[Description(s) transcribed by Martin Edwards and later edited by Colin Hinson ©2010]
[from The Victoria County History series - 1932]
"HOLME, until the 19th century, Holme was a hamlet and chapelry of Glatton. In 1857 the two became separate ecclesiastical parishes, and in 1866 separate civil parishes were created. Holme included the greater part of what was formerly Whittlesea Mere, which occupied the northen end of the parish.
Holme is about a mile east of the Ermine Street (now the A1 Motorway), and is separated from Ramsey on the east and south-east by the old course of the River Nene and Burbeach stream; and from Conington, on the south, by the Holme Brook. Drains and Dykes intersect the parish from south-west to north-east. 'A place by the stream for washing Herrings' is mentioned in 1300. Holme Fen (parts of which were still unreclaimed in 1935) lies south of Wittlesea Mere, and the whole parish is so low-lying that little of the land is more than 10 ft. above sea-level. The soil is chiefly fen, peat and clay producing wheat, oats and mustard.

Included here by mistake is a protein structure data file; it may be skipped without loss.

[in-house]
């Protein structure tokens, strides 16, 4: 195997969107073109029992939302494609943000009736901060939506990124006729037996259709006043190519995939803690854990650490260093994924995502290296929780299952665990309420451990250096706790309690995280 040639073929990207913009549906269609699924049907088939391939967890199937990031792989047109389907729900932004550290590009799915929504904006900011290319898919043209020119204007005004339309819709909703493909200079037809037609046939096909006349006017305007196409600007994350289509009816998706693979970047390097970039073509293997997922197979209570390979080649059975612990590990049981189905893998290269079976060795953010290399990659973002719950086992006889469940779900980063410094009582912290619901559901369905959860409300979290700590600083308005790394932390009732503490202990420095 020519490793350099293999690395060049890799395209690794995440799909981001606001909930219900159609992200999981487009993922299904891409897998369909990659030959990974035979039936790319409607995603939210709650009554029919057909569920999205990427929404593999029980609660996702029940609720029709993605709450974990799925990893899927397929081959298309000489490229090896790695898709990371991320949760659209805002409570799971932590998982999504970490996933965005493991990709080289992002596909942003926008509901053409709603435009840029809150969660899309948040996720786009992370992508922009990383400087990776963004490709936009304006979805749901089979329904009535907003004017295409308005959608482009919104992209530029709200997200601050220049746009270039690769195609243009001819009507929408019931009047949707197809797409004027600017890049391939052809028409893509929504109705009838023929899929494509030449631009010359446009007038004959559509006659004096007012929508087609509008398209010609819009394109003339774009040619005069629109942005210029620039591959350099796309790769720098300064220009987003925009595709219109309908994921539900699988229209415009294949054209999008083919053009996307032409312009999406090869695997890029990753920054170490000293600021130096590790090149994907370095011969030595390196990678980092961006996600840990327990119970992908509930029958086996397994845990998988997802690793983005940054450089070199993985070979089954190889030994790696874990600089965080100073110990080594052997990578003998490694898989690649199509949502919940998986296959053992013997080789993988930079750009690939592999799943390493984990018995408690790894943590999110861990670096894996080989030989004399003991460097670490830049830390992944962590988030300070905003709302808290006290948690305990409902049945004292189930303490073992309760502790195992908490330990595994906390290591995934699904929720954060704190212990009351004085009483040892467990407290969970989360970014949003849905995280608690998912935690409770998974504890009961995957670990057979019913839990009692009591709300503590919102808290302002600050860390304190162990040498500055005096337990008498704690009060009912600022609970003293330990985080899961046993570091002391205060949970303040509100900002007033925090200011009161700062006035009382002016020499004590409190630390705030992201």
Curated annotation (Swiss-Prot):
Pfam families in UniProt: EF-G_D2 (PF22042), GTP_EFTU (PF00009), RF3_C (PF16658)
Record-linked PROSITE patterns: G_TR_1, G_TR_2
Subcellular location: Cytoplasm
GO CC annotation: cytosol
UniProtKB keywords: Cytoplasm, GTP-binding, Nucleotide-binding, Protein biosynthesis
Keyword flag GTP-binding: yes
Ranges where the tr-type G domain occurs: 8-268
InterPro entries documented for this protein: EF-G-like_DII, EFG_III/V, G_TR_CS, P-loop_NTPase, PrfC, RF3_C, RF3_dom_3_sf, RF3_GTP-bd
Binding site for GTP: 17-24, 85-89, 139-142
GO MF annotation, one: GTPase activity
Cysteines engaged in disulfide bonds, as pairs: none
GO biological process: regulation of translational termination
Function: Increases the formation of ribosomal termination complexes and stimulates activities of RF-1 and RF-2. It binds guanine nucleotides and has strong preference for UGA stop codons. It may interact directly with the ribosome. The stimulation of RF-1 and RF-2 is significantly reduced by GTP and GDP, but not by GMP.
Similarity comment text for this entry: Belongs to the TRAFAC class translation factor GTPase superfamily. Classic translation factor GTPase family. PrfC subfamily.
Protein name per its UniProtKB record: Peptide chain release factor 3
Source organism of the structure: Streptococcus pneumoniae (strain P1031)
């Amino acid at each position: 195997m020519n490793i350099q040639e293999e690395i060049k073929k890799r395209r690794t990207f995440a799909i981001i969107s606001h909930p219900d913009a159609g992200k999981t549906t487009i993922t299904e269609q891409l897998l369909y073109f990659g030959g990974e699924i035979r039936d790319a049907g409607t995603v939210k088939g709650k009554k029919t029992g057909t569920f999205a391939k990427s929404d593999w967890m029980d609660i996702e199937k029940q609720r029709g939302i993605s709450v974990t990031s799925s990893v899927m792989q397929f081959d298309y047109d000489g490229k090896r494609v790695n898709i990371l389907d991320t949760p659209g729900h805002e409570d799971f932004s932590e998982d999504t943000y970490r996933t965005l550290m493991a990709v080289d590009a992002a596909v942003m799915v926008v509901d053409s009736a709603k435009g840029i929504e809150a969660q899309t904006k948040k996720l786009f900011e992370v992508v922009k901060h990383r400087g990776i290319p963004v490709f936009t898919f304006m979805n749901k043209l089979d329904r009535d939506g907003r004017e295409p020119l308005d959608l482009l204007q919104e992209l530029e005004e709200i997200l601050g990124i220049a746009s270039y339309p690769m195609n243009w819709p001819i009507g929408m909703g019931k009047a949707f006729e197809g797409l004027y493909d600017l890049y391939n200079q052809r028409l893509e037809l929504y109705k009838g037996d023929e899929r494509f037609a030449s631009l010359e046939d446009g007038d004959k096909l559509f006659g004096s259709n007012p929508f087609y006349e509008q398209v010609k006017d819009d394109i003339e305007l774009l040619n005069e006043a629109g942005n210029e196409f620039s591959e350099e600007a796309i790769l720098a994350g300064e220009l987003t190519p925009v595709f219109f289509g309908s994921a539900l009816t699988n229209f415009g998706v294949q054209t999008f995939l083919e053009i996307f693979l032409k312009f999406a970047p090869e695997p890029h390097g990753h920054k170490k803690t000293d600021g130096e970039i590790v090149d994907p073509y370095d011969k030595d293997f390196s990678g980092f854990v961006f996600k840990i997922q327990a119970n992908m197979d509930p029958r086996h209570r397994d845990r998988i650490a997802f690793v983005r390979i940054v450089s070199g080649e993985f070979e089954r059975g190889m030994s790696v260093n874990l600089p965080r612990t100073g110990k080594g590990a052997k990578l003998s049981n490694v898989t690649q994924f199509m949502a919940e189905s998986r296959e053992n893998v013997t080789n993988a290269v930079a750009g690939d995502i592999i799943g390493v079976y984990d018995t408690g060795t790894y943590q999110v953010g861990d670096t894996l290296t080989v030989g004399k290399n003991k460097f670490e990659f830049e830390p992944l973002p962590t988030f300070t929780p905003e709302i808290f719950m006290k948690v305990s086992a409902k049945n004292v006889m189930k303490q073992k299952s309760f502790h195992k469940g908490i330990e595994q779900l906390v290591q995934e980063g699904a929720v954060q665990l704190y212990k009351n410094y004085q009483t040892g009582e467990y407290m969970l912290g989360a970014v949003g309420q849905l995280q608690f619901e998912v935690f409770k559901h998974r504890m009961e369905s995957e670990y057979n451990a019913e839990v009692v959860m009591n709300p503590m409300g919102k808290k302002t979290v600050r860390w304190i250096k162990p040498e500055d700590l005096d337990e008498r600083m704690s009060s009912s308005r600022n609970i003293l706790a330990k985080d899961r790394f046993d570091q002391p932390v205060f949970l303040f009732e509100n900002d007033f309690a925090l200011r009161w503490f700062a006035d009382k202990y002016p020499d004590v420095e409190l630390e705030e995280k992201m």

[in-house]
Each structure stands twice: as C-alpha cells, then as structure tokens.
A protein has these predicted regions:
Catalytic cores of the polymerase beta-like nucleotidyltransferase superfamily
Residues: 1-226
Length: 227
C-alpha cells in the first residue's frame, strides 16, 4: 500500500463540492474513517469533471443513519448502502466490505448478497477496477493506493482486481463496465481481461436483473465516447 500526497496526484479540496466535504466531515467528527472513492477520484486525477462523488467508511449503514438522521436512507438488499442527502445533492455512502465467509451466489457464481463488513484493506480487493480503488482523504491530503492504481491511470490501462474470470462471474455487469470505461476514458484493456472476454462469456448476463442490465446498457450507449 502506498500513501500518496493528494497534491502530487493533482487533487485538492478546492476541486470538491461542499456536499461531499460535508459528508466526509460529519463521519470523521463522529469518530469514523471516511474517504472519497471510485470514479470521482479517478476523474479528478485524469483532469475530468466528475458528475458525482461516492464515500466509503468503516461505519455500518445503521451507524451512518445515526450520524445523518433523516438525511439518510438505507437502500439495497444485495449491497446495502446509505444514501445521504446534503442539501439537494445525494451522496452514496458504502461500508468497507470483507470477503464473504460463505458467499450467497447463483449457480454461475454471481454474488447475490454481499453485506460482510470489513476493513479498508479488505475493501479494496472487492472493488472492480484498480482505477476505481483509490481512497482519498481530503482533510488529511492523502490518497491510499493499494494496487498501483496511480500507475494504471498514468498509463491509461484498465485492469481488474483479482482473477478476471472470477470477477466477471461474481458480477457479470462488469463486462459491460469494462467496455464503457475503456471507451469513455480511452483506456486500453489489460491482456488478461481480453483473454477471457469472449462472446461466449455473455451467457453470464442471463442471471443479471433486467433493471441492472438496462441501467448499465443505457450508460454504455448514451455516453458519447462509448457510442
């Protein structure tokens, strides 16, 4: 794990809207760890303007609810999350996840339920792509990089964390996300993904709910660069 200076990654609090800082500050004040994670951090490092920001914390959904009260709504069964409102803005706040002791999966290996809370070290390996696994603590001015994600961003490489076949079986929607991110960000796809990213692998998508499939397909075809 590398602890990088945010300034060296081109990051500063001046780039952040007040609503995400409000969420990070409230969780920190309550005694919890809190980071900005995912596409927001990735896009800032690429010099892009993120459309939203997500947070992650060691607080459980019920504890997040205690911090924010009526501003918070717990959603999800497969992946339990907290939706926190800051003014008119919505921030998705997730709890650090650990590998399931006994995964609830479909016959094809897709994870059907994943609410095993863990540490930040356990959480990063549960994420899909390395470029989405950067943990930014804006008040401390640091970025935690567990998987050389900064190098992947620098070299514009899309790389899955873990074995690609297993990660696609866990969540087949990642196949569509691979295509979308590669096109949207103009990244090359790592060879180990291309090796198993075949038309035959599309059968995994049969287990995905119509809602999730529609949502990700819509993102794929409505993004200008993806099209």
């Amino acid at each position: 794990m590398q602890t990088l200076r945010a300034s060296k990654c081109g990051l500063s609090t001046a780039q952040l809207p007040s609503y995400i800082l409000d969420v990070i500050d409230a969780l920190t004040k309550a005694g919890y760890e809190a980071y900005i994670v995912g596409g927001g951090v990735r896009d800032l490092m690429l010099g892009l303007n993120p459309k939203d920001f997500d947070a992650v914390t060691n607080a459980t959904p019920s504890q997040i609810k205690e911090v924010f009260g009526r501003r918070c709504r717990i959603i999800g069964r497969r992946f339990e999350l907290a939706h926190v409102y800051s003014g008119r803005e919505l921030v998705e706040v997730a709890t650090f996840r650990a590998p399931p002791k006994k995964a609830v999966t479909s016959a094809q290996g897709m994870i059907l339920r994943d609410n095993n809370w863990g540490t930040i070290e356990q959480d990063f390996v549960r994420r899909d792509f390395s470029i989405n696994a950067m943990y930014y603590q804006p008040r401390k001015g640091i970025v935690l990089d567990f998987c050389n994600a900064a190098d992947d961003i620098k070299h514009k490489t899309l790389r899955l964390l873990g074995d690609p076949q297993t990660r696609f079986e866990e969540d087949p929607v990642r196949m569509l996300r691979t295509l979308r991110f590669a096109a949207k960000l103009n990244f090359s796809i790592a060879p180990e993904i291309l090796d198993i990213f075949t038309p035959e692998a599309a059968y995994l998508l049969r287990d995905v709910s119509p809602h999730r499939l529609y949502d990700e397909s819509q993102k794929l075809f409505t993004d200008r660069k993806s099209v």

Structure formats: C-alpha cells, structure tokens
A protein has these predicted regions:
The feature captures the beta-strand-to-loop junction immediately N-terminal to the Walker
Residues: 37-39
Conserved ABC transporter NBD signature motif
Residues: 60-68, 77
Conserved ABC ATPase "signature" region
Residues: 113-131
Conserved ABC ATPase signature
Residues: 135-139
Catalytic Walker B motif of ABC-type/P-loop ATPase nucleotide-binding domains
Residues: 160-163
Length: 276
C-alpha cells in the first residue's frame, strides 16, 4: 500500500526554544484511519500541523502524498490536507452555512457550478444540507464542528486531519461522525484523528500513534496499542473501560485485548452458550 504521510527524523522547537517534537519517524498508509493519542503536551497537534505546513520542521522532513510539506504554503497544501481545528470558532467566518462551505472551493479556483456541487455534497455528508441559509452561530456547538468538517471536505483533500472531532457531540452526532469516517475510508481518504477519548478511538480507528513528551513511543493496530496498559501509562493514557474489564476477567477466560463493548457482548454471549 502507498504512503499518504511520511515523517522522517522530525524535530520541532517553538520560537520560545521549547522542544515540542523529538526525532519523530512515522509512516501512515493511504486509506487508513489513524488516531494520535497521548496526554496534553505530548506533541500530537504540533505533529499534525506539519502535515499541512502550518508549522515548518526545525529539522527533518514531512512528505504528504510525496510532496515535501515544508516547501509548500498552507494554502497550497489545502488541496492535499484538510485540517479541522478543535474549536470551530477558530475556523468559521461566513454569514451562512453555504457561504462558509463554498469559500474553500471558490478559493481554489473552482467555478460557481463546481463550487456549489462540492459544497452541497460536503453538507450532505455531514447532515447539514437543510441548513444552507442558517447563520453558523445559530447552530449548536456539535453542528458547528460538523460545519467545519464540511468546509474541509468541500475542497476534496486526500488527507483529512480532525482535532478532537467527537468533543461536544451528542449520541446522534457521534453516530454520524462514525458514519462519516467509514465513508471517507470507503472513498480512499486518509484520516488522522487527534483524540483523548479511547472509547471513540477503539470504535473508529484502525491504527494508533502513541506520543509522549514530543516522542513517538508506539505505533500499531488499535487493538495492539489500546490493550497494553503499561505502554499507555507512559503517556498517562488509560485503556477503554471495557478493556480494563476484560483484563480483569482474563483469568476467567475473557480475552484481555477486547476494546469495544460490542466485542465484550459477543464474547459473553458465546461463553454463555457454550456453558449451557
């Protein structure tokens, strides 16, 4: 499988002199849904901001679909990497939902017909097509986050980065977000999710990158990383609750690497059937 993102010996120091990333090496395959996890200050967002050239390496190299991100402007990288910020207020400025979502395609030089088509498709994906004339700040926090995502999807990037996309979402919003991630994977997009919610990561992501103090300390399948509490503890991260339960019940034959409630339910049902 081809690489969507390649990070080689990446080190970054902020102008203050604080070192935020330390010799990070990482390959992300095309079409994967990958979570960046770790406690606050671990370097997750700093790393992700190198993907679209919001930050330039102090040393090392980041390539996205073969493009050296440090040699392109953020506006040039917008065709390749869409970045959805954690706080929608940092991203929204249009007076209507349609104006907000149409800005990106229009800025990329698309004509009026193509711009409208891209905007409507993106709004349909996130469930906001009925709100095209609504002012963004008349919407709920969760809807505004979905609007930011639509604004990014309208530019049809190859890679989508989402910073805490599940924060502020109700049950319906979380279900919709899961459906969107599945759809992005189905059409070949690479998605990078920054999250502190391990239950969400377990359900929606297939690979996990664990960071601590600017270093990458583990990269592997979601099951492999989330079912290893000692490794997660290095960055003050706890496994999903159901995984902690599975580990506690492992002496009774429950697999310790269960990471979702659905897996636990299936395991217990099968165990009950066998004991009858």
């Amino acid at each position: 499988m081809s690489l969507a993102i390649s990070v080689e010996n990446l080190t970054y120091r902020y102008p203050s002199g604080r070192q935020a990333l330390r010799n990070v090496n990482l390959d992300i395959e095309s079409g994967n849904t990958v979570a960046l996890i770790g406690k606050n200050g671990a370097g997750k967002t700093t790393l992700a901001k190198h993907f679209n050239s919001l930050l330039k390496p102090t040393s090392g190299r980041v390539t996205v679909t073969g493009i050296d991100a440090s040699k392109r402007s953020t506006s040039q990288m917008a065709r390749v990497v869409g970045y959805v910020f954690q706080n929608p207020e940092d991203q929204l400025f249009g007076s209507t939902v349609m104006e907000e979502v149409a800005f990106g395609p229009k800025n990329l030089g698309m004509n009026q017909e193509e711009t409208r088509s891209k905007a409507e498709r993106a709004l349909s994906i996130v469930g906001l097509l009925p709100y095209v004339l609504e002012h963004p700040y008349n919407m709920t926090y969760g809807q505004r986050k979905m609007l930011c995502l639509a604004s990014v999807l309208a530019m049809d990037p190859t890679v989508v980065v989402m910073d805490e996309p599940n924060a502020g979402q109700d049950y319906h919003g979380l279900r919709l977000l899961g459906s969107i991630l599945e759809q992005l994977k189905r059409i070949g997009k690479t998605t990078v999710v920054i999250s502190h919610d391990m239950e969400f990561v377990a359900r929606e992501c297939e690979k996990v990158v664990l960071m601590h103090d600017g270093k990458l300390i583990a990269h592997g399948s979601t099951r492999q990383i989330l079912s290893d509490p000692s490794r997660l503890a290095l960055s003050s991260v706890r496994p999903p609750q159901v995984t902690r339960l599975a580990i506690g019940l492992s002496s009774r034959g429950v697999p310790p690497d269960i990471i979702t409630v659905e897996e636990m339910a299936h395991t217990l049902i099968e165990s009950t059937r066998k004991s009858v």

The small village is situated about half-a-mile from the western boundary of the parish, with the church in the north-west corner, and the old school and vicarage is to the east of it. Holme Wood House, built in Holme Park by William Wells about 1874, replaced an earlier house which was occupied by Captain William Wells RN (d. 1826). It follows the descent of the manor of Glatton with Holme until 1918. Holme was not included in the sale of the Glatton Manor in 1918."
[Description(s) transcribed by Martin Edwards ©2003 and later edited by Colin Hinson ©2010]
[mainly from The Victoria County History series- 1932]